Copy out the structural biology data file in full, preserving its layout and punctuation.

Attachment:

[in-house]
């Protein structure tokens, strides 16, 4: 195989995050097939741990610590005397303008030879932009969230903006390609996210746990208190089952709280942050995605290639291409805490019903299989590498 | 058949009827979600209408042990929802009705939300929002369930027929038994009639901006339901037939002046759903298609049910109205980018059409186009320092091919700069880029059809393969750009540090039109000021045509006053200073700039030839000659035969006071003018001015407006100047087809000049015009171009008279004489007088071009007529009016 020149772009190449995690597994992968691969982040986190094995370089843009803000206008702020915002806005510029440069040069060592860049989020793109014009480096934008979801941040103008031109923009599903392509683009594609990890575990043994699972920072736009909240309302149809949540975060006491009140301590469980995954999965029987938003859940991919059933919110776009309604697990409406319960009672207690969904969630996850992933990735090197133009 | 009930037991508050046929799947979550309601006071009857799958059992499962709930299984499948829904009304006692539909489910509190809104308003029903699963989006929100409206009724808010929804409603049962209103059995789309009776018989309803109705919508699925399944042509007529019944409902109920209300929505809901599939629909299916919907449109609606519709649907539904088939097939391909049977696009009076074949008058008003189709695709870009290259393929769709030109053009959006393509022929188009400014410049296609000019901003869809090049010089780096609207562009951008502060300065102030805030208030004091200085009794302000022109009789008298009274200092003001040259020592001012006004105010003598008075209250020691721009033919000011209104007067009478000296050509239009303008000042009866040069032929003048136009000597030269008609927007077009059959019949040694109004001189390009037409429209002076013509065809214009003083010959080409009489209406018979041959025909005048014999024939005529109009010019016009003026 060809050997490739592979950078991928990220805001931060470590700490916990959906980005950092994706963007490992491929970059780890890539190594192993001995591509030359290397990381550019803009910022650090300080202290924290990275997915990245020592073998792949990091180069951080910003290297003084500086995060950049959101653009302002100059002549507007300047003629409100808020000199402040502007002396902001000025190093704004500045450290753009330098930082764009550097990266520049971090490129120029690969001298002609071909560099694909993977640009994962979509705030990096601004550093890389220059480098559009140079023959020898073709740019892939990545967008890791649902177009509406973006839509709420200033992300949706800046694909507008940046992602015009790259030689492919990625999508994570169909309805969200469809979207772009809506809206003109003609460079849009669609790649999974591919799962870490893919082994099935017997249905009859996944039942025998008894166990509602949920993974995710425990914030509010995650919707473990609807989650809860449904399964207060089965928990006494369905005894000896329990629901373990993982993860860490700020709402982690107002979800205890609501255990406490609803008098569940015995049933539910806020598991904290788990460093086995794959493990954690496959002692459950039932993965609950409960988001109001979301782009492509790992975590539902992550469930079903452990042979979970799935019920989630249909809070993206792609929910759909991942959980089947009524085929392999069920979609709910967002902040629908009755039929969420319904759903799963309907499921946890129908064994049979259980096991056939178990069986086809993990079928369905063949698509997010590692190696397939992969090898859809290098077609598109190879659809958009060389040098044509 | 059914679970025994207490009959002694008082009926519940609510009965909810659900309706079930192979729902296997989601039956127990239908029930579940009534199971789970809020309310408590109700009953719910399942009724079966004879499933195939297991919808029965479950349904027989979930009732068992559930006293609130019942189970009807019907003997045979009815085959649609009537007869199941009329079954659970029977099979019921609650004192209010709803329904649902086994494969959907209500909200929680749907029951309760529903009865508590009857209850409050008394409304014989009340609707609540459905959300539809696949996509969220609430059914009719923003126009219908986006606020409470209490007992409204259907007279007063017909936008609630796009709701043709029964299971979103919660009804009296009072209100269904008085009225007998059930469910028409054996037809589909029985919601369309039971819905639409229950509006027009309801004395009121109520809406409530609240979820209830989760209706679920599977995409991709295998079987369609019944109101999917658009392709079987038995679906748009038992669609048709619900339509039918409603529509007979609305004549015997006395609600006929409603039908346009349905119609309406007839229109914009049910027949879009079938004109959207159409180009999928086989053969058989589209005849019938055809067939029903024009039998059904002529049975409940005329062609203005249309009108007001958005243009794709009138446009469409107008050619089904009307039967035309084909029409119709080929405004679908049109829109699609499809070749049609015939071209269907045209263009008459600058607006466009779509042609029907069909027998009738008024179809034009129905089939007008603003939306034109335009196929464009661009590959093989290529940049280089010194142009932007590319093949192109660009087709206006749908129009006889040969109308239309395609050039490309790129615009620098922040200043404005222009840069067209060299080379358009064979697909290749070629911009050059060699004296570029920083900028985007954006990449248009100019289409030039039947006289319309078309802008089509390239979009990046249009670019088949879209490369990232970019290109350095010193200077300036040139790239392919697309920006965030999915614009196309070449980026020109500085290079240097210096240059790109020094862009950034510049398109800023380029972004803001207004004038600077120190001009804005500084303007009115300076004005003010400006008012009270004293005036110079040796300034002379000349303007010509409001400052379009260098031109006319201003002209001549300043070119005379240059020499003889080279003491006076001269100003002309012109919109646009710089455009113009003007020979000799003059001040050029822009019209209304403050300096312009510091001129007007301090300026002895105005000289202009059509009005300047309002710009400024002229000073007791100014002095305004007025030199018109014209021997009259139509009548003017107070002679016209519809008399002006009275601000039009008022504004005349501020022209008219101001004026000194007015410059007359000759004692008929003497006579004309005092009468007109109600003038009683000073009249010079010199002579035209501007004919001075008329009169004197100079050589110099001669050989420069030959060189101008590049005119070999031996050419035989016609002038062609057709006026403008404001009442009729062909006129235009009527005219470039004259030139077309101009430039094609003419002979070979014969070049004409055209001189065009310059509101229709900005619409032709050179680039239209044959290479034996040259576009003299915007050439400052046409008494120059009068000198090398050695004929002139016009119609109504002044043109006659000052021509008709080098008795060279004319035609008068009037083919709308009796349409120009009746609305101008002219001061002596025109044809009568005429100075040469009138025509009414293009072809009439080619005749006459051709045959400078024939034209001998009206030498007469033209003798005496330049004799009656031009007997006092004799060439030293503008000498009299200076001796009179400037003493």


[in-house]
């Protein structure tokens, strides 16, 4: 195989995050097939741990610590005397303008030879932009969230903006390609996210746990208190089952709280942050995605290639291409805490019903299989590498 | 058949009827979600209408042990929802009705939300929002369930027929038994009639901006339901037939002046759903298609049910109205980018059409186009320092091919700069880029059809393969750009540090039109000021045509006053200073700039030839000659035969006071003018001015407006100047087809000049015009171009008279004489007088071009007529009016 020149772009190449995690597994992968691969982040986190094995370089843009803000206008702020915002806005510029440069040069060592860049989020793109014009480096934008979801941040103008031109923009599903392509683009594609990890575990043994699972920072736009909240309302149809949540975060006491009140301590469980995954999965029987938003859940991919059933919110776009309604697990409406319960009672207690969904969630996850992933990735090197133009 | 009930037991508050046929799947979550309601006071009857799958059992499962709930299984499948829904009304006692539909489910509190809104308003029903699963989006929100409206009724808010929804409603049962209103059995789309009776018989309803109705919508699925399944042509007529019944409902109920209300929505809901599939629909299916919907449109609606519709649907539904088939097939391909049977696009009076074949008058008003189709695709870009290259393929769709030109053009959006393509022929188009400014410049296609000019901003869809090049010089780096609207562009951008502060300065102030805030208030004091200085009794302000022109009789008298009274200092003001040259020592001012006004105010003598008075209250020691721009033919000011209104007067009478000296050509239009303008000042009866040069032929003048136009000597030269008609927007077009059959019949040694109004001189390009037409429209002076013509065809214009003083010959080409009489209406018979041959025909005048014999024939005529109009010019016009003026 060809050997490739592979950078991928990220805001931060470590700490916990959906980005950092994706963007490992491929970059780890890539190594192993001995591509030359290397990381550019803009910022650090300080202290924290990275997915990245020592073998792949990091180069951080910003290297003084500086995060950049959101653009302002100059002549507007300047003629409100808020000199402040502007002396902001000025190093704004500045450290753009330098930082764009550097990266520049971090490129120029690969001298002609071909560099694909993977640009994962979509705030990096601004550093890389220059480098559009140079023959020898073709740019892939990545967008890791649902177009509406973006839509709420200033992300949706800046694909507008940046992602015009790259030689492919990625999508994570169909309805969200469809979207772009809506809206003109003609460079849009669609790649999974591919799962870490893919082994099935017997249905009859996944039942025998008894166990509602949920993974995710425990914030509010995650919707473990609807989650809860449904399964207060089965928990006494369905005894000896329990629901373990993982993860860490700020709402982690107002979800205890609501255990406490609803008098569940015995049933539910806020598991904290788990460093086995794959493990954690496959002692459950039932993965609950409960988001109001979301782009492509790992975590539902992550469930079903452990042979979970799935019920989630249909809070993206792609929910759909991942959980089947009524085929392999069920979609709910967002902040629908009755039929969420319904759903799963309907499921946890129908064994049979259980096991056939178990069986086809993990079928369905063949698509997010590692190696397939992969090898859809290098077609598109190879659809958009060389040098044509 | 059914679970025994207490009959002694008082009926519940609510009965909810659900309706079930192979729902296997989601039956127990239908029930579940009534199971789970809020309310408590109700009953719910399942009724079966004879499933195939297991919808029965479950349904027989979930009732068992559930006293609130019942189970009807019907003997045979009815085959649609009537007869199941009329079954659970029977099979019921609650004192209010709803329904649902086994494969959907209500909200929680749907029951309760529903009865508590009857209850409050008394409304014989009340609707609540459905959300539809696949996509969220609430059914009719923003126009219908986006606020409470209490007992409204259907007279007063017909936008609630796009709701043709029964299971979103919660009804009296009072209100269904008085009225007998059930469910028409054996037809589909029985919601369309039971819905639409229950509006027009309801004395009121109520809406409530609240979820209830989760209706679920599977995409991709295998079987369609019944109101999917658009392709079987038995679906748009038992669609048709619900339509039918409603529509007979609305004549015997006395609600006929409603039908346009349905119609309406007839229109914009049910027949879009079938004109959207159409180009999928086989053969058989589209005849019938055809067939029903024009039998059904002529049975409940005329062609203005249309009108007001958005243009794709009138446009469409107008050619089904009307039967035309084909029409119709080929405004679908049109829109699609499809070749049609015939071209269907045209263009008459600058607006466009779509042609029907069909027998009738008024179809034009129905089939007008603003939306034109335009196929464009661009590959093989290529940049280089010194142009932007590319093949192109660009087709206006749908129009006889040969109308239309395609050039490309790129615009620098922040200043404005222009840069067209060299080379358009064979697909290749070629911009050059060699004296570029920083900028985007954006990449248009100019289409030039039947006289319309078309802008089509390239979009990046249009670019088949879209490369990232970019290109350095010193200077300036040139790239392919697309920006965030999915614009196309070449980026020109500085290079240097210096240059790109020094862009950034510049398109800023380029972004803001207004004038600077120190001009804005500084303007009115300076004005003010400006008012009270004293005036110079040796300034002379000349303007010509409001400052379009260098031109006319201003002209001549300043070119005379240059020499003889080279003491006076001269100003002309012109919109646009710089455009113009003007020979000799003059001040050029822009019209209304403050300096312009510091001129007007301090300026002895105005000289202009059509009005300047309002710009400024002229000073007791100014002095305004007025030199018109014209021997009259139509009548003017107070002679016209519809008399002006009275601000039009008022504004005349501020022209008219101001004026000194007015410059007359000759004692008929003497006579004309005092009468007109109600003038009683000073009249010079010199002579035209501007004919001075008329009169004197100079050589110099001669050989420069030959060189101008590049005119070999031996050419035989016609002038062609057709006026403008404001009442009729062909006129235009009527005219470039004259030139077309101009430039094609003419002979070979014969070049004409055209001189065009310059509101229709900005619409032709050179680039239209044959290479034996040259576009003299915007050439400052046409008494120059009068000198090398050695004929002139016009119609109504002044043109006659000052021509008709080098008795060279004319035609008068009037083919709308009796349409120009009746609305101008002219001061002596025109044809009568005429100075040469009138025509009414293009072809009439080619005749006459051709045959400078024939034209001998009206030498007469033209003798005496330049004799009656031009007997006092004799060439030293503008000498009299200076001796009179400037003493």